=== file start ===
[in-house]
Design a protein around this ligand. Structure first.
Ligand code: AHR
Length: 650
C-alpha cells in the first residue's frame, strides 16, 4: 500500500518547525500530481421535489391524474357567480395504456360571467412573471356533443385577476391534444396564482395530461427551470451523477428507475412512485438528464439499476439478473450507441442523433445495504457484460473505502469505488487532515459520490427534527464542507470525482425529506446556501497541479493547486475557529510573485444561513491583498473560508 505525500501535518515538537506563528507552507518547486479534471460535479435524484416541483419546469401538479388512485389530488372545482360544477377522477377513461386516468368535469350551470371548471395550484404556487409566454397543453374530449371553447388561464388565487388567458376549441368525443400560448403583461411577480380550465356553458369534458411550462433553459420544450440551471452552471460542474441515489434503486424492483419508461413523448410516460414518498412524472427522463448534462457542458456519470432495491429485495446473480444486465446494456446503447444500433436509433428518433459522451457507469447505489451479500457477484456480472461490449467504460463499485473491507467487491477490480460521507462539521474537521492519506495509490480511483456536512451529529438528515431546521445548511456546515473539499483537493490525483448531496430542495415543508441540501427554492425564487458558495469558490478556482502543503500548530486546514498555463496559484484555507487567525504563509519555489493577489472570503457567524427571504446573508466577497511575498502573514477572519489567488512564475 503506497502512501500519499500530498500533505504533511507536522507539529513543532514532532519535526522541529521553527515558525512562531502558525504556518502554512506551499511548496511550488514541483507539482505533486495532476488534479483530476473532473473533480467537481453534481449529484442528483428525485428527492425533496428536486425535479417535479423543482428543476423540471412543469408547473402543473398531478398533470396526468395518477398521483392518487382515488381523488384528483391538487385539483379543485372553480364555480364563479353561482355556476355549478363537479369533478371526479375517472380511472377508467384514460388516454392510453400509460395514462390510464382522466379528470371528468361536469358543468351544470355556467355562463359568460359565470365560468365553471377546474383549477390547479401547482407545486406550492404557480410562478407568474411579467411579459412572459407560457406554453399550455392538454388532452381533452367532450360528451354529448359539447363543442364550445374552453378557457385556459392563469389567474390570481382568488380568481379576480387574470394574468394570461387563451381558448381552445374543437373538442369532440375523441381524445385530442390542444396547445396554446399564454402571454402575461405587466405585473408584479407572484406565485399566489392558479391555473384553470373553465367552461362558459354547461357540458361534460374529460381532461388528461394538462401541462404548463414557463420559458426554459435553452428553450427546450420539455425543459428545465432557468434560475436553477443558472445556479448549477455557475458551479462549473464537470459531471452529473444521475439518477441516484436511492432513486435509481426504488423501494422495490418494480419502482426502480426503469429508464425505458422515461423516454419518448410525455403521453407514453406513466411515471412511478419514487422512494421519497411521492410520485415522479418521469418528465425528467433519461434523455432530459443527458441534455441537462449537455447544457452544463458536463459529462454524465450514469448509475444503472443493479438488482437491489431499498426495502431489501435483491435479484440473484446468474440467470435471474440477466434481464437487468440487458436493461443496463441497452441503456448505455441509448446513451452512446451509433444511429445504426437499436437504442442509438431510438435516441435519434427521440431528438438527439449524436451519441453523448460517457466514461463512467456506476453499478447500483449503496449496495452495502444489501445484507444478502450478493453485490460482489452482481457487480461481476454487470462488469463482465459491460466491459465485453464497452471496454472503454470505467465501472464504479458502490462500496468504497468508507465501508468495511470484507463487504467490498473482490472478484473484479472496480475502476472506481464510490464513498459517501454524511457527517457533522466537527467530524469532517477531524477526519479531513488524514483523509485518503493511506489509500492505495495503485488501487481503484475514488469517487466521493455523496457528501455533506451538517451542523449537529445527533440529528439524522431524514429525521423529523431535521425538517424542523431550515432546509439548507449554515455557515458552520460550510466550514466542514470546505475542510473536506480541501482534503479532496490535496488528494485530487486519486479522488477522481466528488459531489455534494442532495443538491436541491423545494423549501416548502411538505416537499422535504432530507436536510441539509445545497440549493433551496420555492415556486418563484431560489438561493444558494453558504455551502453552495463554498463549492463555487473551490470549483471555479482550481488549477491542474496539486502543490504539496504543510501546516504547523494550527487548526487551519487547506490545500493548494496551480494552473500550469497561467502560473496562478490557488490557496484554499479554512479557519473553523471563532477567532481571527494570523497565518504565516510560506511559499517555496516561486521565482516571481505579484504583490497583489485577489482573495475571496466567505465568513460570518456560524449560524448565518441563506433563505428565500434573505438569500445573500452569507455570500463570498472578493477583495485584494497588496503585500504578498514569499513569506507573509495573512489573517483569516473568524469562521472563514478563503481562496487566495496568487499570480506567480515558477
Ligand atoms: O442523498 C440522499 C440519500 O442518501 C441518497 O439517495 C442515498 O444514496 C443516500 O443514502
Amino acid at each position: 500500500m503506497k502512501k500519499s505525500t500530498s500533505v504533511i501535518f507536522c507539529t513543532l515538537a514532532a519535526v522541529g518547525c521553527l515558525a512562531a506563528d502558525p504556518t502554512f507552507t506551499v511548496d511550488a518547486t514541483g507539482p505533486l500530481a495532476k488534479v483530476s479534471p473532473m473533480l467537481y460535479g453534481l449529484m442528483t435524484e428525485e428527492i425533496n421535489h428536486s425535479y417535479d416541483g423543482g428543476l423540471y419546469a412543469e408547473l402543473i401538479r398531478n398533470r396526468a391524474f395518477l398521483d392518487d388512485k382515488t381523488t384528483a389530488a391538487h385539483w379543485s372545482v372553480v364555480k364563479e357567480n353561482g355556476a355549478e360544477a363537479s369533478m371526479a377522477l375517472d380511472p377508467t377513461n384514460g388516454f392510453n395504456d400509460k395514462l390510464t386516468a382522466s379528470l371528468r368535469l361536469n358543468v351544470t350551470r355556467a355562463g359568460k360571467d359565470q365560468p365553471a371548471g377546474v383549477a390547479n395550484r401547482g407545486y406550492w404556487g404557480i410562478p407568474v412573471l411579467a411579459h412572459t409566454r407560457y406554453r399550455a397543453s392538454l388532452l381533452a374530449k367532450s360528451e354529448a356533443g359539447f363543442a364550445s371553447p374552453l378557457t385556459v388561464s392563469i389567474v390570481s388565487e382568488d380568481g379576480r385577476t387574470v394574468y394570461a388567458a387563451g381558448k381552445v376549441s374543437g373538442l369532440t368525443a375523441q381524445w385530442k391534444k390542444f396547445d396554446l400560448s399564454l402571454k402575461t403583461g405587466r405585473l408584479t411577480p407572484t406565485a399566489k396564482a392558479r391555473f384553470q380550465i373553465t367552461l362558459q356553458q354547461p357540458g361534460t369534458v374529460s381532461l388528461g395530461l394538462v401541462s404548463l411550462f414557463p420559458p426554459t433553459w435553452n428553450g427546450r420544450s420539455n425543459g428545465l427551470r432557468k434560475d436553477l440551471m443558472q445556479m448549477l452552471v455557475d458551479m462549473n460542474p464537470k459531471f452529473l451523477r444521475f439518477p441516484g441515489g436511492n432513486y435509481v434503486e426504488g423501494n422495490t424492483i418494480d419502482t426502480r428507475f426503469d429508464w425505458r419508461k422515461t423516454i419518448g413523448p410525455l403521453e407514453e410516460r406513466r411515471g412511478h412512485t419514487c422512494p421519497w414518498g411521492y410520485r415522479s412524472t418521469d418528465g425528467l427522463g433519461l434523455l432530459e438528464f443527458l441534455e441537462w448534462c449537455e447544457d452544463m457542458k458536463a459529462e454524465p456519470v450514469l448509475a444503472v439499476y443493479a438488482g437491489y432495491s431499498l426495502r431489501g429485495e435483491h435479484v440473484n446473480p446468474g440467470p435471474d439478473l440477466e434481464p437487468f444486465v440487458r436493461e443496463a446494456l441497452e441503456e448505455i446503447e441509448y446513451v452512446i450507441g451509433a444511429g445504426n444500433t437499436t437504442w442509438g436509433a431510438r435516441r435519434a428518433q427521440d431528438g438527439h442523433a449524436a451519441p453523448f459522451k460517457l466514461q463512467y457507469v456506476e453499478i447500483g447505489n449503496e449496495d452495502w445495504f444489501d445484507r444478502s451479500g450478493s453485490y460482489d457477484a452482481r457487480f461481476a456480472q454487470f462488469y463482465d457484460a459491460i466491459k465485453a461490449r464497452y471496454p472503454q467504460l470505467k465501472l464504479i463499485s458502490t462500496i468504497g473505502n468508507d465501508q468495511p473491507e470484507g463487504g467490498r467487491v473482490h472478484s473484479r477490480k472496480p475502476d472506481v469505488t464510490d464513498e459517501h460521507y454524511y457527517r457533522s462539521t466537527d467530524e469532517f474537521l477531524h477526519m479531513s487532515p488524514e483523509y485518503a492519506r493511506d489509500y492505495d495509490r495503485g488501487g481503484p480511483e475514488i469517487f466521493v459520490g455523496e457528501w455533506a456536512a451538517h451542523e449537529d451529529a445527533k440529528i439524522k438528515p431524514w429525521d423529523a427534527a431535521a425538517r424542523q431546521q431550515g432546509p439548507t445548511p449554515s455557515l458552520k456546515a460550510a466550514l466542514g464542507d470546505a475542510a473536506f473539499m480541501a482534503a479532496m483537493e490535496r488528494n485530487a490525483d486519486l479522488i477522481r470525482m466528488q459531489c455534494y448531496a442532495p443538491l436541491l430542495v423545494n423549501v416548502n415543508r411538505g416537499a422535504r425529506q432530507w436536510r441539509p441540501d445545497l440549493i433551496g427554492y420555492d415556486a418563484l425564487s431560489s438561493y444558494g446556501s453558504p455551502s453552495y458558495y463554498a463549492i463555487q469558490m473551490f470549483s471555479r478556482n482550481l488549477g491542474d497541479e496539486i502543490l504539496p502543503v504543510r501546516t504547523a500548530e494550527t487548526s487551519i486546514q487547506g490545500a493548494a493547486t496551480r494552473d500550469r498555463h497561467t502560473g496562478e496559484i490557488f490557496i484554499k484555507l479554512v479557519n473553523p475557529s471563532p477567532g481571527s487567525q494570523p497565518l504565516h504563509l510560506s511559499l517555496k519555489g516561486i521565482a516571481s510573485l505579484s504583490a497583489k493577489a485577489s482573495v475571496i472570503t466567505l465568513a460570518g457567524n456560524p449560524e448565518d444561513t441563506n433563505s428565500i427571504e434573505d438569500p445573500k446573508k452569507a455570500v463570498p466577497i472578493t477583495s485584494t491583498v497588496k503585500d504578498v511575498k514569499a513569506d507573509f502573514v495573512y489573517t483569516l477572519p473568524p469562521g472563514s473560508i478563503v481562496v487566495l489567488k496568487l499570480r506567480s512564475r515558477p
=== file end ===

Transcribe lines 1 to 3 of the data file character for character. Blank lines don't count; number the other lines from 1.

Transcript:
[in-house]
Design a protein around this ligand. Structure first.
Ligand code: AHR